With some of the most telling names any director here could conjure for his work (who else, after all, could have gone for titles like Bangali Walalu or Wathura Karaththaya?), he congealed into the most plebeian filmmaker Sri Lanka could ever claim. That was part of his magic and charm. In the end that magic and charm, though despised by the critic, won everyone who patronised them, especially on account of the repertory of actors he went for: Upali Attanayake, Sonia Dissanayake, Joe Abeywickrama, and his own son Jayantha Das Perera.

I talked with Jayantha some time back and asked him to explain what it was which made up his father’s penchant for the box-office. “For one thing,” Jayantha replied, “He had a way with his actors, more particularly his leading actors. When I was in Janaka saha Manju he didn’t see me as his son, but as Janaka. I remember I had to ‘embrace’ Gothami Pathiraja, who played Manju. At that age I suppose I was a little wary of embracing women that way, because I distinctly remember my father, forgetting all propriety for one moment, shouting at me, ‘Don’t you know how to kiss a woman?’ No, he wasn’t angry there. He was being sardonic. And frank. I think that’s what came through his work. I think that’s what grabbed audiences.”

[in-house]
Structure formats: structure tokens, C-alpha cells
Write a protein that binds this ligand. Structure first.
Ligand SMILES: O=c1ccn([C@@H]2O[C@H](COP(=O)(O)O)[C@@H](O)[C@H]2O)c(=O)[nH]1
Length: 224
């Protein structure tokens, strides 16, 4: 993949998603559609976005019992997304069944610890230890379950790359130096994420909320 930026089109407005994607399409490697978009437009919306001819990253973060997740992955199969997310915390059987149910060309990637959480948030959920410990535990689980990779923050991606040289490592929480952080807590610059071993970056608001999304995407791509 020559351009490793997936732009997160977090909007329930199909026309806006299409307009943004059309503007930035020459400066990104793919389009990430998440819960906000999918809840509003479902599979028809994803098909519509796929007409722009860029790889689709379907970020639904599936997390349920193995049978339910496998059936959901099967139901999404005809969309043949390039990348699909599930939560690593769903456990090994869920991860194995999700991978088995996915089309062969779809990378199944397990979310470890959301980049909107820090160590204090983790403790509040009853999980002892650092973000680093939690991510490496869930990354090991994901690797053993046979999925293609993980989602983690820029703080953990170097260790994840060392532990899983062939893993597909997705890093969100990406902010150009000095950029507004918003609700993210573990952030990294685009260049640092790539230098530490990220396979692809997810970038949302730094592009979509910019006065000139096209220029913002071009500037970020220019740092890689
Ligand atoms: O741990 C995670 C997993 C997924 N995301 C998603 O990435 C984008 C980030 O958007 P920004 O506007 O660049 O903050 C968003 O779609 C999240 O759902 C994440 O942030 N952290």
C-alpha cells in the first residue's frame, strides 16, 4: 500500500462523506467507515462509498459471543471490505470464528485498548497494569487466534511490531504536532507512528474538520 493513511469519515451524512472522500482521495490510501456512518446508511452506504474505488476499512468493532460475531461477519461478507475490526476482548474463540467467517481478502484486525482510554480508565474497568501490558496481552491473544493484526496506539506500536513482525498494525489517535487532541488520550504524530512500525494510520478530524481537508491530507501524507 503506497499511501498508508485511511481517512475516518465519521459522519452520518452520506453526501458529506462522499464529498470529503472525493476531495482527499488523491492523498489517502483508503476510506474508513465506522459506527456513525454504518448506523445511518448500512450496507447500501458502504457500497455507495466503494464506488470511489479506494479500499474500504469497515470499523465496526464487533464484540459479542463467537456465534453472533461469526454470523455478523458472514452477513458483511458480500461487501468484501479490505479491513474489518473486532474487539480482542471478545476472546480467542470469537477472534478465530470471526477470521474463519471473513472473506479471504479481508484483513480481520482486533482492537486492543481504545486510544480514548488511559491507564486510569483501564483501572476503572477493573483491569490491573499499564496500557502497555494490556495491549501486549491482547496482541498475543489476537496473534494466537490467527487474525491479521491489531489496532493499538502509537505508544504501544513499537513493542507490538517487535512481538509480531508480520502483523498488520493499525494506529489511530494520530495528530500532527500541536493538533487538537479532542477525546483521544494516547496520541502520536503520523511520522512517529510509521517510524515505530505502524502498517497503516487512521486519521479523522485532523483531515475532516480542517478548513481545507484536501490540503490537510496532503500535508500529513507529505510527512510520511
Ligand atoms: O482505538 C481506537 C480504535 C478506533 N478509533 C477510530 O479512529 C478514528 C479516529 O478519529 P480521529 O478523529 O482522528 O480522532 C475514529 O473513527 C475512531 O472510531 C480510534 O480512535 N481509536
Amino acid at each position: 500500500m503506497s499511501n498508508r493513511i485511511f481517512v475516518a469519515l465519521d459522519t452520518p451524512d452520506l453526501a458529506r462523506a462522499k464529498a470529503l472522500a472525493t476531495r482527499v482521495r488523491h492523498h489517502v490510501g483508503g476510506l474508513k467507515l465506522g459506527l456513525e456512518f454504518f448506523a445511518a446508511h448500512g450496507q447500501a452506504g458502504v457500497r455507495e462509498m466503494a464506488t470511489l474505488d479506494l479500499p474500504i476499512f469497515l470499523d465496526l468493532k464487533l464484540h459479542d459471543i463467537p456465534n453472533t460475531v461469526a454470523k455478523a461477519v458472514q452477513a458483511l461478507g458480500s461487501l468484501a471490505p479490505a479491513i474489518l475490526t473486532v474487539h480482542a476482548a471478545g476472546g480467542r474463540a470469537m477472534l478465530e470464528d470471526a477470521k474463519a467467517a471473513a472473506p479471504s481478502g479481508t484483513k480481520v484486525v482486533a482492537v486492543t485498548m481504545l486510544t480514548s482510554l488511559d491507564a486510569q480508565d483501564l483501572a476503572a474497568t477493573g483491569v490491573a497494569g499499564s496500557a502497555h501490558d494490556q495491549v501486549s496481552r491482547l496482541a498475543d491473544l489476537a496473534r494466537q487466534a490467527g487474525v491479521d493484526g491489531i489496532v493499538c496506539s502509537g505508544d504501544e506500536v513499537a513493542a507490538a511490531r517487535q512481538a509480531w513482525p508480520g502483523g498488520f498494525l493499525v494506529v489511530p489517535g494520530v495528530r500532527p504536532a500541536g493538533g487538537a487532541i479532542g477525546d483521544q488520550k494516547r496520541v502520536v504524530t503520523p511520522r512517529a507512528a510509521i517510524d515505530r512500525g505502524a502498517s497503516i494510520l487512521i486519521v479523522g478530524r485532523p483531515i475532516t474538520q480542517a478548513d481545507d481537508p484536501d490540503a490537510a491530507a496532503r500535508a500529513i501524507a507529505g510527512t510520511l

Grab is an understatement. I know (of) people who have cried at Janaka saha Manju and continue to weep whenever I mention it. For some time I couldn’t understand what it was in that film which demanded tears, but then it occurred to me: even those who wring their hands and sniff at it understand that the world they look at, the characters resident in it, and the storylines that colour it, are false and patently so.

And yet they cry, not because they are deceiving themselves, but because they know that beneath the fissures of Janaka saha Manju, there’s something that goes beyond the unreality of its experience. By making us forget that unreality, Perera transformed our disbelief into emotion. In his hands, we needed to be contorted to appreciate his world. His was a world we were afraid to tread beyond the projector. His was a world which, like in Woody Allen’s The Purple Rose of Cairo, we went to observe and would swoon if ever it intruded on ours. In the end that became his magic touch, and he became a Midas: of the rough, unrefined sort perhaps, but a Midas nevertheless.